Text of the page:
This was one of the best explanations of why the doctor is a blogger and not an analyst that he’s ever seen! About the only thing I’d add is that in order to truly be an analyst, you have to be able to do the job you’re ultimately analyzing. It’s the only path to true understanding. Analyzing a software vendor, then you should be capable of actually writing software. After all, how can you analyze something without truly understanding it. And how can you truly understand it if you couldn’t do it?

I’m not saying you need to be a master programmer to be able to analyze a software product, but you should know the basics of how software works, how it is built, what good architectures, standards, and protocols are, and why. Being able to turn on your computer, boot windows, log-in, fire up Excel, and write a macro just doesn’t cut it. On the other hand, if you could build an excel-like spreadsheet tool in a reasonably modern computing language, then that’s what I’m talking about! I’m not saying you have to know the language it was written in, but just understand what modern languages and development paradigms allow you to do. (For instance, if you know C++, then you have a reasonable understanding of OO and what people are doing with Java, Ruby, etc.) Otherwise, how do you know if what a certain program does truly is hard and difficult to duplicate, or if you’re being sold the snake oil of the week?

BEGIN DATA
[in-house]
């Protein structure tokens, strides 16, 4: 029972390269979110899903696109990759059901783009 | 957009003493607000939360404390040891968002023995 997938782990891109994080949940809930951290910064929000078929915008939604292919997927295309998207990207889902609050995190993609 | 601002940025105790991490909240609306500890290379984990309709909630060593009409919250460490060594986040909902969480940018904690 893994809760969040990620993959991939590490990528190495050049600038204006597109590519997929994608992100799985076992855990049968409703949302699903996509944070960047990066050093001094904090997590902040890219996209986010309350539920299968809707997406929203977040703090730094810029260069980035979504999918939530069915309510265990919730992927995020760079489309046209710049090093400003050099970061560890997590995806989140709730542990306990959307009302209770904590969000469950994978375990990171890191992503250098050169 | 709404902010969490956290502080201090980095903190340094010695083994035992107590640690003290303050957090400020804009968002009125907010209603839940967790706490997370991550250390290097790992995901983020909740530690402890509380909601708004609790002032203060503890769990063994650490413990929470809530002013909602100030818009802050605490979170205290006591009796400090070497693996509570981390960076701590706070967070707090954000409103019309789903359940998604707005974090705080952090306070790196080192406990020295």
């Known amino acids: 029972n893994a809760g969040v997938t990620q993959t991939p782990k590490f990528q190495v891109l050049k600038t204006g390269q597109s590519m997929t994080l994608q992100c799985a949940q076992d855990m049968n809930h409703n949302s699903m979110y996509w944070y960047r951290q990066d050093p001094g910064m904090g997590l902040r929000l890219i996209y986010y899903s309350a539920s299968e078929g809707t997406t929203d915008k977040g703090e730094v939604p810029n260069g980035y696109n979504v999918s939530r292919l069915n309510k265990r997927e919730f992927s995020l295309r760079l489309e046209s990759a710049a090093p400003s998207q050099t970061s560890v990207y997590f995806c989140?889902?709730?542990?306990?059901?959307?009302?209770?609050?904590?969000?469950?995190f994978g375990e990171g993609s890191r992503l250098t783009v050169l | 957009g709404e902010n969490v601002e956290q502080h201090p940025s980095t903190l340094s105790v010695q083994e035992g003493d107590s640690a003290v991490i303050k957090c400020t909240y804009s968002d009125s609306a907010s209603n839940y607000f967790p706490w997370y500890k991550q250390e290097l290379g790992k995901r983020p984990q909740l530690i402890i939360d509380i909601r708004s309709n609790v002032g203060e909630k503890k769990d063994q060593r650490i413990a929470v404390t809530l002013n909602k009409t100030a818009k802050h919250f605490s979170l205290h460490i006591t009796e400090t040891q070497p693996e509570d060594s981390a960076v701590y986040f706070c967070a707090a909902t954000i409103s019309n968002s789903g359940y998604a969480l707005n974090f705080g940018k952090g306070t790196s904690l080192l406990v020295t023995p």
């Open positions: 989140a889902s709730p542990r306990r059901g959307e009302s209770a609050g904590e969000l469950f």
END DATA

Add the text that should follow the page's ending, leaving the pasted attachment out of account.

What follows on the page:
That’s why the doctor is different. the doctor can actually build very sophisticated software systems – and has built a number of them in his day. He may not code everyday, or every week, anymore but he fundamentally understands what modern languages and platforms can – and can’t – do. He understands technology, and understands when something is truly difficult, and truly isn’t. It’s also why the doctor is not impressed when a vendor wastes his time with a pointless powerpoint presentation. Any slick salesperson who has mastered consulting doublespeak and the print-screen key can put together an impressive sounding presentation – which doesn’t necessarily have any correlation with what the product can – or can not – do!